As the televised servants in the British series Downton Abbey -- returning to American prime time this week -- are preparing the morning breakfast and refilling the mansion’s inkwells, on Monday morning in Jerusalem the Prime Minister Benjamin Netanyahu’s real-life staff might just be sharpening their letter openers. At 10:30 A.M., several rabbinical students will deliver over 700 letters to the Prime Minister's Office protesting last month’s announcement of construction planned for the sensitive E-1 corridor of East Jerusalem.
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Three organizations -- Rabbis for Human Rights-North America, J Street, and Americans for Peace Now, have galvanized rabbis, cantors and rabbinical and cantorial students to write and deliver the letters. A parallel campaign is taking place in Washington, DC, where clergy and other representatives from the organizations will deliver a copy of the letter to the Israeli Embassy.
I spoke with Rabbi Jill Jacobs, executive director of RHR-NA.
Why should rabbis and cantors be the ones to deliver the message? I asked.
“Rabbis and cantors care deeply about Israel and the Jewish people," Jacobs said. "Unlike the many voices out there criticizing Israel who do not care deeply about the country, we come from a place of deep love. We want Israel to do the right thing, to live up to democratic and Jewish values.”
What immediately came to my mind was the debate that raged the summer before last, when Daniel Gordis published an essay in Commentary Magazine, suggesting that today’s rabbis “are turning on Israel.” Stunned, as he put it, by demonstrations of compassion for both sides of the Israeli-Palestinian conflict from some contemporary liberal rabbis, Gordis accused today’s (non-Orthodox) American rabbinical students of embracing an ethic of universalism over particularism.
I asked Jacobs what she thought of the universalism-particularism quandary in the context of this initiative. “There is actually a very particularist reason we’re doing this,” she told me. “The reason we’re asking Netanyahu to end the E-1 settlement plan is that it's absolutely destructive to Israel.”
“The countries we care most about are the U.S. and Canada -- the countries where we live, as well as Israel,” Jacobs went on. “We see this decision as something destroying the peace process. And if there’s no chance for peace, then we’re scared for Israel’s future.”
Marisa James is a rabbinical student at the Reconstructionist Rabbinical College in Philadelphia, and one of those delivering the letters on Monday. As part of her training, she is currently living and studying in Jerusalem. I asked Marisa about how she sees the tension between universalism and particularism in this mission.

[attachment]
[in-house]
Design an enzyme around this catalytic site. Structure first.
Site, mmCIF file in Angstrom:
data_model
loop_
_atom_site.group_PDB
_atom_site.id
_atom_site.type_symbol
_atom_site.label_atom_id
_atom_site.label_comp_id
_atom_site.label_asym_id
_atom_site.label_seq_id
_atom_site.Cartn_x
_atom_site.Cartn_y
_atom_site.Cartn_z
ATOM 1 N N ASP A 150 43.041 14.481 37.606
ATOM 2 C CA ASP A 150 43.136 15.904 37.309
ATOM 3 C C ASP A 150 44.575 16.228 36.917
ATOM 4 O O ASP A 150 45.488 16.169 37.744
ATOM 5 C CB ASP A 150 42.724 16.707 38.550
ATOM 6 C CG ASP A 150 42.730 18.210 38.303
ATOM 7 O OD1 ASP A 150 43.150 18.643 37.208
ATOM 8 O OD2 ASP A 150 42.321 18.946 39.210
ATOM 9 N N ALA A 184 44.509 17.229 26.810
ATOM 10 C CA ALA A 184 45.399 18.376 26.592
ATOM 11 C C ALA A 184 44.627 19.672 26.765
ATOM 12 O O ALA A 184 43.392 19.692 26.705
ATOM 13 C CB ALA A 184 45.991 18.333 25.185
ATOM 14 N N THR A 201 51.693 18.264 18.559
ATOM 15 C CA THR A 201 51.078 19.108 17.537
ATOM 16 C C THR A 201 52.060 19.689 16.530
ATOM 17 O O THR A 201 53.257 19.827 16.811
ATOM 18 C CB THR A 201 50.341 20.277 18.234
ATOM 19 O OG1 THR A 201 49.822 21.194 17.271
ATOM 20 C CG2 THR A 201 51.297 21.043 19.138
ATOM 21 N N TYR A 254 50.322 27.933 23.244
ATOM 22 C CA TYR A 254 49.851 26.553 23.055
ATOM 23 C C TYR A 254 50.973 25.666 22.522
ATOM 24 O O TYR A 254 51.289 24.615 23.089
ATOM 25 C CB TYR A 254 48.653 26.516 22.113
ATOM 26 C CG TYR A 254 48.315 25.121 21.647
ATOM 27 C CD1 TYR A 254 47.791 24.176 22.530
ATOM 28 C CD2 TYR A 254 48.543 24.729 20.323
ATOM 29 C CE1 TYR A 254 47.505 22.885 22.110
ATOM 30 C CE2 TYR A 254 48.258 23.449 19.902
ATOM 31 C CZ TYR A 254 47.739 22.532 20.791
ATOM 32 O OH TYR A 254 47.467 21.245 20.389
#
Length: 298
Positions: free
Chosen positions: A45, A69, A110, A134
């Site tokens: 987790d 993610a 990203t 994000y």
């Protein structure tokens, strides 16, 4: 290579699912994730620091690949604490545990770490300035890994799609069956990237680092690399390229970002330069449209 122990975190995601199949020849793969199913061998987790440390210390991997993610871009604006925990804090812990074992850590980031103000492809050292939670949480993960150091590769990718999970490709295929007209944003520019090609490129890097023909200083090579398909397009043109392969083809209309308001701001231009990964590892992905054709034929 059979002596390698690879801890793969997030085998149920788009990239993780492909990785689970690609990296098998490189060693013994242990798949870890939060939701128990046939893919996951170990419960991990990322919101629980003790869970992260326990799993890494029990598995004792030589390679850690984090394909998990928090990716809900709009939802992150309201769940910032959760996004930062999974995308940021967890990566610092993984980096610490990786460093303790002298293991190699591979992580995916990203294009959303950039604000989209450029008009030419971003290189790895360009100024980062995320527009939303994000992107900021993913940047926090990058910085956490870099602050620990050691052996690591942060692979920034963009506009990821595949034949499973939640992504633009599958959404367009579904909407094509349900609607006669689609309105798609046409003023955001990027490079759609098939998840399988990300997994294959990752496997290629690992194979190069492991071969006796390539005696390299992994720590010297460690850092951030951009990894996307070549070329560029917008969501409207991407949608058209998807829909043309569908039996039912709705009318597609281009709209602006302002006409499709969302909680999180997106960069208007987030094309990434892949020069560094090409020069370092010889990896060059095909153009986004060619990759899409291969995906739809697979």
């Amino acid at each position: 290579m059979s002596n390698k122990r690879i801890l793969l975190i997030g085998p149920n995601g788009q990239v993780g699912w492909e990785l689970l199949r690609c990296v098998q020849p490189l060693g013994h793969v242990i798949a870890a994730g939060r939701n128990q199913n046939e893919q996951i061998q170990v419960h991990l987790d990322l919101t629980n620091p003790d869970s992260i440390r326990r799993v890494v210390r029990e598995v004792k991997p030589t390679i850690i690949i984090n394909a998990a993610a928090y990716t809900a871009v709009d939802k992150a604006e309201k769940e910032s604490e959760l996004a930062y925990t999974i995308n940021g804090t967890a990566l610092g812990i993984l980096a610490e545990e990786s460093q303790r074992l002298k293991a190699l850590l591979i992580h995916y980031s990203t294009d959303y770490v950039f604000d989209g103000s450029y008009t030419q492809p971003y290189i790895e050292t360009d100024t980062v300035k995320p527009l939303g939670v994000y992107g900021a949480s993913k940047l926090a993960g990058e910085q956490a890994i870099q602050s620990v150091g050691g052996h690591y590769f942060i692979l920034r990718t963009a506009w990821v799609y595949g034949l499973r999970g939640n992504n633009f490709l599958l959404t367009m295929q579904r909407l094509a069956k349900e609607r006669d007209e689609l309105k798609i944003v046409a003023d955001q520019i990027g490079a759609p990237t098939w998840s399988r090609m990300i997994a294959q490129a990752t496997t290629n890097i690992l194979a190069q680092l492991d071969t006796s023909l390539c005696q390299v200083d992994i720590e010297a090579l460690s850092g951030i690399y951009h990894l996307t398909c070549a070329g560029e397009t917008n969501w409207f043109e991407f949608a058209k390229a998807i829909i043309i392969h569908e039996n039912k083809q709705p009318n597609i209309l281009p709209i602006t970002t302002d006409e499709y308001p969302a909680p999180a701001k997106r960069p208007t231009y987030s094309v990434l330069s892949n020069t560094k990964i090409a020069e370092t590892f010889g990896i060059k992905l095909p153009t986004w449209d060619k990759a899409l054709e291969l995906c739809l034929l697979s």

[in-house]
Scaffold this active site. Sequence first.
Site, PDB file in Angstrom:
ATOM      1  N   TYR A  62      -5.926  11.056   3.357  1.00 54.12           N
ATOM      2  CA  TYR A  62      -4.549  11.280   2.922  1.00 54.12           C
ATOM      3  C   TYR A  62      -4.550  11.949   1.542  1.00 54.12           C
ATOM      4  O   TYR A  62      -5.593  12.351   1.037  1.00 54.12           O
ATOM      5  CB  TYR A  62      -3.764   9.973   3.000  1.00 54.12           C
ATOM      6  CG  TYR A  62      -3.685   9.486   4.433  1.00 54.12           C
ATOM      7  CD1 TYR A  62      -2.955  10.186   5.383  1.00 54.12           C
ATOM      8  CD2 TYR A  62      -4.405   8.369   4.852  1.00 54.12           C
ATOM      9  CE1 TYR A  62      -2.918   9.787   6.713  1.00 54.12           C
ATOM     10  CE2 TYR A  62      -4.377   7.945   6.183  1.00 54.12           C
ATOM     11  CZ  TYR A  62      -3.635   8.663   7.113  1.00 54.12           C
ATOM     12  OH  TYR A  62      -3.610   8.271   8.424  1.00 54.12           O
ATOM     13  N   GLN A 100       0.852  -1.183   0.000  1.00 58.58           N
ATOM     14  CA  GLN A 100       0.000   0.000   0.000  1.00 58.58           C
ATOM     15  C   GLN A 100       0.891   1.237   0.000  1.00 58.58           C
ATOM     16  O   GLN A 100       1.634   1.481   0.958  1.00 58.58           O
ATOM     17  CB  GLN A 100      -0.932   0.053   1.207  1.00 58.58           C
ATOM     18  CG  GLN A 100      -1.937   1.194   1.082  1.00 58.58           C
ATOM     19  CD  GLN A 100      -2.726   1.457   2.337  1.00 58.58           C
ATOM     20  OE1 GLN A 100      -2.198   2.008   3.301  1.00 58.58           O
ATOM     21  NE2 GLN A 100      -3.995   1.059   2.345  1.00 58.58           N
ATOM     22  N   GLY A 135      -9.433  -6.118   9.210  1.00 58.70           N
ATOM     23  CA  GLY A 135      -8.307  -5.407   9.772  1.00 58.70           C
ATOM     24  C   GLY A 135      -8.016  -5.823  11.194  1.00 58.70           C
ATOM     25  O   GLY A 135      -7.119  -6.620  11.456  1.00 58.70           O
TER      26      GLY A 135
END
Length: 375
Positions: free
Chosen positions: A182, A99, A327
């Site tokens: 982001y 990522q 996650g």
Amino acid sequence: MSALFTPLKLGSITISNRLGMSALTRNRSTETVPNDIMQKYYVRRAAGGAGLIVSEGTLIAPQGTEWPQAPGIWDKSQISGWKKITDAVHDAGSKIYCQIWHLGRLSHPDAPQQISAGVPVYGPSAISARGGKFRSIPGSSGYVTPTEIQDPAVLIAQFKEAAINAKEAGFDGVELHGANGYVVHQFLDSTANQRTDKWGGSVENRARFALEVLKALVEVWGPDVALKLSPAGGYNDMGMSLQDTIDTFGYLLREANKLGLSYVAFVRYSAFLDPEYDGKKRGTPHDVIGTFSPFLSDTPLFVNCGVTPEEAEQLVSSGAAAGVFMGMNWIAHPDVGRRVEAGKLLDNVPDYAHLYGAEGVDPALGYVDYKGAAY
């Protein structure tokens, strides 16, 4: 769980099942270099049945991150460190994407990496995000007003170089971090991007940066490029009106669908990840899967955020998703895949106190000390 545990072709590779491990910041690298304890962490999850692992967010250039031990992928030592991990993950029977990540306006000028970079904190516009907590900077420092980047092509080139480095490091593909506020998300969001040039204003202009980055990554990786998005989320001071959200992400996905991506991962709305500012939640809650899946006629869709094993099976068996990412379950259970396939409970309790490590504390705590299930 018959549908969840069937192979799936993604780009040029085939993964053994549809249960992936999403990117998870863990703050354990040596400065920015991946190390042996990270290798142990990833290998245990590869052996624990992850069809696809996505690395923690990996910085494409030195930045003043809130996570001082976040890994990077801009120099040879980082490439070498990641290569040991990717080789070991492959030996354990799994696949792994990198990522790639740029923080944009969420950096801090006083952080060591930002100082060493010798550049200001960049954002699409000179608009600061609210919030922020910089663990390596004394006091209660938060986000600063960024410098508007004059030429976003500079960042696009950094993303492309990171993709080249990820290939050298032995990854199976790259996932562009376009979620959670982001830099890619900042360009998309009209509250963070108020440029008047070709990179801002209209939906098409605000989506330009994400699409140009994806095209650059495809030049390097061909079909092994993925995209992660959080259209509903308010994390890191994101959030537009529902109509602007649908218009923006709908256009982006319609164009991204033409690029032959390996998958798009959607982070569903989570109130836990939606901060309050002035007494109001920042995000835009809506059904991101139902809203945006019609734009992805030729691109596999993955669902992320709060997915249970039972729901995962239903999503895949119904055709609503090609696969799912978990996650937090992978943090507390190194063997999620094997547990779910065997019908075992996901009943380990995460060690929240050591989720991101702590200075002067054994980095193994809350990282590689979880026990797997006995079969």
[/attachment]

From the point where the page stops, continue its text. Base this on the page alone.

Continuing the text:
“My desire for Israel to have democratic values and real justice comes straight from my reading of the prophets. And that’s about as particularist as you can get,” James told me. "When you think about phrases like ‘justice rolling down like a mighty river’ or ‘spreading the tent pegs as widely as you possibly can,’ how is it possible not to be motivated to fight for justice for everyone?”
James is struck by the contradictions within Jerusalem. She is troubled by the fact that, when it comes to basic practices like whether a resident is allowed to put an addition on one’s home, the rules often differ between Jewish and non-Jewish residents.
“Part of my relationship to this place is that there’s nothing holy about it if everybody does not have the same basic human rights in this place as everybody else,” James said.
Recent news reports have suggested that Netanyahu might be retreating from his plan to build in E-1. Jacobs told me that RHR-NA tweeted their congratulations to the prime minister when they heard. They now hope their letter campaign ensures that he abstains from the original plan.
Tweeting “congrats” to the Prime Minster, knocking on his door on a Monday morning armed with a sack of letters and hoping for Israel to do the right thing sounds particularist enough; perhaps even haimisch.
Those whose first instinct is to demand fealty to the Israeli government’s every move might not like this campaign. But there are others who believe that wrestling with the Jewish state with a copy of the Hebrew prophets under one’s arm is a better way to ensure the survival of Israel’s Jewish and democratic soul.
Marisa James hopes she gets to speak to the prime minister directly on Monday morning. If she is granted an audience with Bibi, what will she tell him? “I will tell him how important this is to the future of this country,” she said.